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Yick Wo laundry in San Francisco

Image of a Chinese laundry house with a wagon in front of the building. Printed and handwritten text appear underneath and above the image.
Supreme Court of the State of California
1886 January 22
Government Publication

Chinese laundry house of Yick Wo. "In the Matter of the Application of Wo Lee for a Writ of Habeas Corpus." Government publication. January 22, 1886. Case 3947, Civil and Appellate Case Files, 1863-1911; U.S. Circuit Court for the Ninth Circuit for the Northern District of California, Record Group 21. US National Archives and Records Administration (San Bruno, California).

US Supreme Court ruling in Yick Wo v. Hopkins, 1886 Though the law itself be fair on its face and impartial in appearance, yet, if it is applied and administered by public authority with an evil eye and an unequal hand, so as practically to make unjust and illegal discriminations between persons in similar circumstances, material to their rights, the denial of equal justice is still within the prohibition of the Constitution. … The discrimination is, therefore, illegal, and the public administration which enforces it is a denial of the equal protection of the laws and a violation of the Fourteenth Amendment of the Constitution. The imprisonment of the petitioners is, therefore, illegal, and they must be discharged. The judgment of the Supreme Court of California in the case of Yick Wo, and that of the Circuit Court of the United States for the District of California in the case of Wo Lee, are severally reversed, and the cases remanded, each to the proper court, with directions to discharge the petitioners from custody and imprisonment. Lee Yick immigrated to San Francisco in 1861 and opened the Yick Wo laundry. He operated the laundry for 22 years from the same wooden building and had a certification from fire and health officials that his laundry was safe. But he was arrested and fined for violating a local ordinance that required special approval to operate a wooden laundry. Although the ordinance did not specifically include the word Chinese, it obviously targeted the Chinese wooden laundries. In 1883, a superior court judge upheld the city ordinance and Lee Yick was kept incarcerated. Yick’s attorneys took the case all the way to the US Supreme Court, which ruled that the law outlawing wooden laundries was unequally enforced against Chinese laundrymen in violation of the Fourteenth Amendment. Questions of inquiry: 1. This US Supreme Court ruling was in 1886, a few decades after the Fourteenth Amendment was passed. How did the amendment, enacted to ensure the citizenship rights of formerly enslaved African Americans, affect the rights of Chinese immigrants? 2. How would a judge determine whether a law specifically targeted one ethnic or racial group, if that group is not mentioned in the text of the law? 3. How did the organizations within the Chinese community — based on profession and village origin — provide the ability to challenge unfair laws?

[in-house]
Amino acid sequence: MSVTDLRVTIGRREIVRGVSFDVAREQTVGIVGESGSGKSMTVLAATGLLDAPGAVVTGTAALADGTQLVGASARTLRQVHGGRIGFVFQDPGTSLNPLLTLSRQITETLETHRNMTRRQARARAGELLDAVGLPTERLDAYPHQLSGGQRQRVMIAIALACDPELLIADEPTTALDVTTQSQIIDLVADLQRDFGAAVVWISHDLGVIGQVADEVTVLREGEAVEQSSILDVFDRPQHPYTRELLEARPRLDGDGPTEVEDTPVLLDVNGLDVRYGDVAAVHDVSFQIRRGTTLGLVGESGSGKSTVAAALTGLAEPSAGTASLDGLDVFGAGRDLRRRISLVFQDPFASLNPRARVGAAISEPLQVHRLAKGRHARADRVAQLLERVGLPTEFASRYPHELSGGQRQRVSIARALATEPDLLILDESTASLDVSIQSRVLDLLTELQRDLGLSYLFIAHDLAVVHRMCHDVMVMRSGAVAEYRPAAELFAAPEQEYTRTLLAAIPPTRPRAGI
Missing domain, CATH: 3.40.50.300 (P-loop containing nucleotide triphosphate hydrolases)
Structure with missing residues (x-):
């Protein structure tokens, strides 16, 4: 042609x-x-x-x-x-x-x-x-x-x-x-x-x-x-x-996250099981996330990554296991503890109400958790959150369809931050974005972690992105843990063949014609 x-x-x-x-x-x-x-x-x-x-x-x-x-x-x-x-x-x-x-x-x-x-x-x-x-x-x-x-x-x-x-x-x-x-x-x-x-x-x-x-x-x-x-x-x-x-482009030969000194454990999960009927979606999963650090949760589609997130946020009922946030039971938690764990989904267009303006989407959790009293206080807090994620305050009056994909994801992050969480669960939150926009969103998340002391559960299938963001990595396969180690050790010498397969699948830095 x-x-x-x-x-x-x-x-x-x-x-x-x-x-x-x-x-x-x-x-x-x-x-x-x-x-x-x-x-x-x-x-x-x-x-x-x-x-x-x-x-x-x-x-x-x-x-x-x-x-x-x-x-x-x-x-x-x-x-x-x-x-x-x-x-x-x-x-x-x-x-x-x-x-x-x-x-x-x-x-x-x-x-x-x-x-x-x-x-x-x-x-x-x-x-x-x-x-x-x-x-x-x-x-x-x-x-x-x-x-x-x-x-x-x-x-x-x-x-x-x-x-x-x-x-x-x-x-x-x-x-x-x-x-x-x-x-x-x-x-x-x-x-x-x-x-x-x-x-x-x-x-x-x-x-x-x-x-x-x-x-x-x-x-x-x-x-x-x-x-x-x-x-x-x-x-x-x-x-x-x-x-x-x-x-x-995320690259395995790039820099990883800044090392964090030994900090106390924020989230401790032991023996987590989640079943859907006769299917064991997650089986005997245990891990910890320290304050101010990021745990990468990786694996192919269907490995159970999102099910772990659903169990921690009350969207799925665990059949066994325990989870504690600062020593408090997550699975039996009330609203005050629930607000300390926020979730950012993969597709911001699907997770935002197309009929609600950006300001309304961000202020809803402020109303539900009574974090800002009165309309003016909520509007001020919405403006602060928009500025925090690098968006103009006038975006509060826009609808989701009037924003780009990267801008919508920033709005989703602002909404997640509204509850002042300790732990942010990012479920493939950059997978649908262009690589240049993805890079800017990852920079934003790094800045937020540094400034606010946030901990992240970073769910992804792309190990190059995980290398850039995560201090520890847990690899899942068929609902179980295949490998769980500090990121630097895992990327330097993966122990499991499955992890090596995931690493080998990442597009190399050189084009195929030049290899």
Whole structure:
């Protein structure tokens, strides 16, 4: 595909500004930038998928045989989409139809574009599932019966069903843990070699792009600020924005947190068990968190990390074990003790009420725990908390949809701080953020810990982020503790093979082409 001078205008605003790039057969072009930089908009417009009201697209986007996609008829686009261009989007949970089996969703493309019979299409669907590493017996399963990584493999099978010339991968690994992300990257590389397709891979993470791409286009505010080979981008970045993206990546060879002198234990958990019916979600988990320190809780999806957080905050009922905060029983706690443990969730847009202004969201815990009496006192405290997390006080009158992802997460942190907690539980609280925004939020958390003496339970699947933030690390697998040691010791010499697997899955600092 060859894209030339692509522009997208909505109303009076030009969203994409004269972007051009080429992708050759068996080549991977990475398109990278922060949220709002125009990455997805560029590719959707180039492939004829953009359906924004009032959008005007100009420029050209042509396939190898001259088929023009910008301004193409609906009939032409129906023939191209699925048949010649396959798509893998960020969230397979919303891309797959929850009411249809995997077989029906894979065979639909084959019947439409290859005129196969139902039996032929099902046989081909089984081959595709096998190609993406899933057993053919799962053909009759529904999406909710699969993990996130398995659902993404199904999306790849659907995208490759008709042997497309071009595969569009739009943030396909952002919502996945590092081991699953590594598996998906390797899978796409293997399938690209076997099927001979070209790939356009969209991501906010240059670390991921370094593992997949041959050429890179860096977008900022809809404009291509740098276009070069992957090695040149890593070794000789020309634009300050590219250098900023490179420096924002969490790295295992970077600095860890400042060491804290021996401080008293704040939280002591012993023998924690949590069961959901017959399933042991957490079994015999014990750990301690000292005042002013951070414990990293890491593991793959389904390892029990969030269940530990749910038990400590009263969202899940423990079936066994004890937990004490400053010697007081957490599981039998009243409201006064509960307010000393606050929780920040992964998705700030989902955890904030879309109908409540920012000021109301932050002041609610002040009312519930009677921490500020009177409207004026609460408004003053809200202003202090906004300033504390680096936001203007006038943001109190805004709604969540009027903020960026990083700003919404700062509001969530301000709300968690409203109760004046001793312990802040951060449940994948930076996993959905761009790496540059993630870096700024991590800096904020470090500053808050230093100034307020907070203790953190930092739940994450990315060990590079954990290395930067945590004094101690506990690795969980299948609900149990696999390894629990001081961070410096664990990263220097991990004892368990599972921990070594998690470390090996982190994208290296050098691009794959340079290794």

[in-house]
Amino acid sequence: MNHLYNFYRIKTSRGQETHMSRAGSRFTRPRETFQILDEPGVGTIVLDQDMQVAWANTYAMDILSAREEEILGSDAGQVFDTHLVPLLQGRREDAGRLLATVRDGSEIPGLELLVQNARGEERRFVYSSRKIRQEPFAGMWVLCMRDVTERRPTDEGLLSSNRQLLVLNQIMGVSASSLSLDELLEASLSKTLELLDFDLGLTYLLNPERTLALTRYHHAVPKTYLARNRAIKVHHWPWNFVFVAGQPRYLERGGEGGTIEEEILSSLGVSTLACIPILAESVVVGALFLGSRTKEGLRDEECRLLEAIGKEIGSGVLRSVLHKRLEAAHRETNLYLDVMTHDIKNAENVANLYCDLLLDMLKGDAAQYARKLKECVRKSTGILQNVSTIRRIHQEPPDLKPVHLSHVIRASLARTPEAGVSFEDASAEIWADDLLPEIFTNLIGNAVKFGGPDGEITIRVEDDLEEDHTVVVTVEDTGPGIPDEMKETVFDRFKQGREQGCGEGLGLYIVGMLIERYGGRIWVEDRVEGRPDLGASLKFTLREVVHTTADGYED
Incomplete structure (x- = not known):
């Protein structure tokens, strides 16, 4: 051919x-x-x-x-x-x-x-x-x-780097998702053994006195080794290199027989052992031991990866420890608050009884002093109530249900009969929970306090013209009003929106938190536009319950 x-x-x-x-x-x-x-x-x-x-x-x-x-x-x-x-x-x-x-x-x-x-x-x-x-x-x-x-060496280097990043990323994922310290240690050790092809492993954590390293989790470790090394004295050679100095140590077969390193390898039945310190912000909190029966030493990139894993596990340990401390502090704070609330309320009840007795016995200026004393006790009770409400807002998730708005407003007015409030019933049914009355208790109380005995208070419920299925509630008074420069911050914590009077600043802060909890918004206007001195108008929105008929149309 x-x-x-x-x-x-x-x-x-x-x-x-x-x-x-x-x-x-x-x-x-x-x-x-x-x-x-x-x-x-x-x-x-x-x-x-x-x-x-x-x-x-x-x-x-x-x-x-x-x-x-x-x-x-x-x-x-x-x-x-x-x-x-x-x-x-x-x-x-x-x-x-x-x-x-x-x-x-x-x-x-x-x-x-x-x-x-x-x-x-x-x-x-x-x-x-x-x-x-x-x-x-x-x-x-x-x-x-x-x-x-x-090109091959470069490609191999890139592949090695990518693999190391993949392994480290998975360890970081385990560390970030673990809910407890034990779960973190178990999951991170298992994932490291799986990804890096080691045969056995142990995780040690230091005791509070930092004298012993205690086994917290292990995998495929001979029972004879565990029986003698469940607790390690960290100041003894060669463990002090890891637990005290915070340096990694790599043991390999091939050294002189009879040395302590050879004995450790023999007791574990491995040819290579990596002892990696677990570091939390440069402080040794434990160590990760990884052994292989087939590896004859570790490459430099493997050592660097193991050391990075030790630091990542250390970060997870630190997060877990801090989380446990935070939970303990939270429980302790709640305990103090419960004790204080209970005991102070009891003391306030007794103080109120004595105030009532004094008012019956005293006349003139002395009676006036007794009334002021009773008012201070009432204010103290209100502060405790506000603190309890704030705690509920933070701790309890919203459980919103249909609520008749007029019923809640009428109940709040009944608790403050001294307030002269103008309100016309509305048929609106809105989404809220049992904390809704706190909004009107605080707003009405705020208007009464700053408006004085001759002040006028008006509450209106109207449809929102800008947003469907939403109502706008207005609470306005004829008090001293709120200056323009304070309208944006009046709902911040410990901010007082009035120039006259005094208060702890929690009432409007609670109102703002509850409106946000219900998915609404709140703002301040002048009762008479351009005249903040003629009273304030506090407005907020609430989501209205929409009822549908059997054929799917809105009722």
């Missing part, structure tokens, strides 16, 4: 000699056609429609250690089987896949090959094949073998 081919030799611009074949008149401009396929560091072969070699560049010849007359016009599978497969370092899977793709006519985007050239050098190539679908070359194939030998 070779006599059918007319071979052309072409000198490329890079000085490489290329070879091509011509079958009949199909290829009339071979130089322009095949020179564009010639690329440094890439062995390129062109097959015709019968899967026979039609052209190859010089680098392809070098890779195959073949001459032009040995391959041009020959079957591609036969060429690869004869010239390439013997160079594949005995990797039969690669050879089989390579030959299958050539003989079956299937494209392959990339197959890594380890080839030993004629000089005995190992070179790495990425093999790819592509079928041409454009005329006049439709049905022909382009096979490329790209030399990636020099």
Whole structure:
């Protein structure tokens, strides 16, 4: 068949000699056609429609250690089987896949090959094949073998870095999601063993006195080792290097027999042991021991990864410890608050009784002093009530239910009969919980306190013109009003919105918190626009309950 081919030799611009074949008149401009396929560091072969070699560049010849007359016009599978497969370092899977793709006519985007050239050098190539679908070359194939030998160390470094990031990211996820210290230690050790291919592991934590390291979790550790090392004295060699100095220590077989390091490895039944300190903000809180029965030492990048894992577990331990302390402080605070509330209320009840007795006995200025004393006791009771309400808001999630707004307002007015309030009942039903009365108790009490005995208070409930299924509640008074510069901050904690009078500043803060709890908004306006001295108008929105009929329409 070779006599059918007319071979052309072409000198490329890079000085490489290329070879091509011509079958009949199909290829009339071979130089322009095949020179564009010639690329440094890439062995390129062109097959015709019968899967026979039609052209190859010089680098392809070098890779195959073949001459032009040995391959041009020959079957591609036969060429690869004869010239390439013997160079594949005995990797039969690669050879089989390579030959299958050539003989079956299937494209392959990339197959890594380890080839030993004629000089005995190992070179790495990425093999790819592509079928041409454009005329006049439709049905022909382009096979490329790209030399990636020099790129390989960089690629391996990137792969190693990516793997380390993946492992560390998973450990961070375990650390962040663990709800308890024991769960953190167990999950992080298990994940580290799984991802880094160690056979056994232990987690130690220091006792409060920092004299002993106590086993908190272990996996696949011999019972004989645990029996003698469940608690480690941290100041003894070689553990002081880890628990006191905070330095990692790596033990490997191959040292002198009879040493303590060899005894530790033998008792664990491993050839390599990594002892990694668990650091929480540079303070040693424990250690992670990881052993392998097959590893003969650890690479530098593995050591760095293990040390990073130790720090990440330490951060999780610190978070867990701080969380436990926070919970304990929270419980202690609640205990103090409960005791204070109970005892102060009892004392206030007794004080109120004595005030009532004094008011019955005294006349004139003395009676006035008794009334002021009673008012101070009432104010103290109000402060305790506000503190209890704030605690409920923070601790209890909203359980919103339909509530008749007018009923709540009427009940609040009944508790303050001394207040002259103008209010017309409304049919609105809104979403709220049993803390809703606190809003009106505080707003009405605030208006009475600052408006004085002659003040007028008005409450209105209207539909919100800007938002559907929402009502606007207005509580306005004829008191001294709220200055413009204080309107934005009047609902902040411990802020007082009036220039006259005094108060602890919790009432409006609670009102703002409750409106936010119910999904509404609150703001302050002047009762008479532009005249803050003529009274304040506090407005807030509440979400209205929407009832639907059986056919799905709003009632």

Many Chinese immigrants who came to California during the Gold Rush period opened laundries in San Francisco. They were subjected to numerous laws meant to harass them and drive them from the city. These included laws that imposed fees on laundries that did not use horse-drawn vehicles (most Chinese carried the finished laundries on poles), a “Chinese Police Tax,” and a queue ordinance that required jail inmates to cut off their queues, the long braids that were culturally significant to Chinese men. The Chinese community organized to challenge these laws, by necessity hiring white lawyers. Immigrant Lee Yick operated the Yick Wo laundry for 22 years from the same wooden building and had a certification from fire and health officials that his laundry was safe. In 1883, a superior court judge upheld a city ordinance limiting wooden laundries, aimed at closing down the Chinese laundries. Lee Yick’s attorneys took the case all the way to the US Supreme Court, which ruled in 1886 that the law outlawing wooden laundries was unequally enforced against Chinese laundrymen in violation of the Fourteenth Amendment. Despite this landmark ruling, this collection of insidious laws had a deeper political impact: The national Chinese Exclusion Act of 1882 severely limited Chinese immigration to the United States. That law was the first immigration ban naming a specific ethnic group. Chinese immigrants were not allowed to become US citizens until 1952.

3947
Filed Jan. 22. 1886
[illegible] clerk

In the Supreme Court of the State of California.
In re YICK WO, on habeas corpus, No. 20, 126, in bank.
Exhibit 1 for respondent.
CHINESE LAUNDRY HOUSE of Yick Wo
At No. 349 Third street, San Francisco, as seen from the South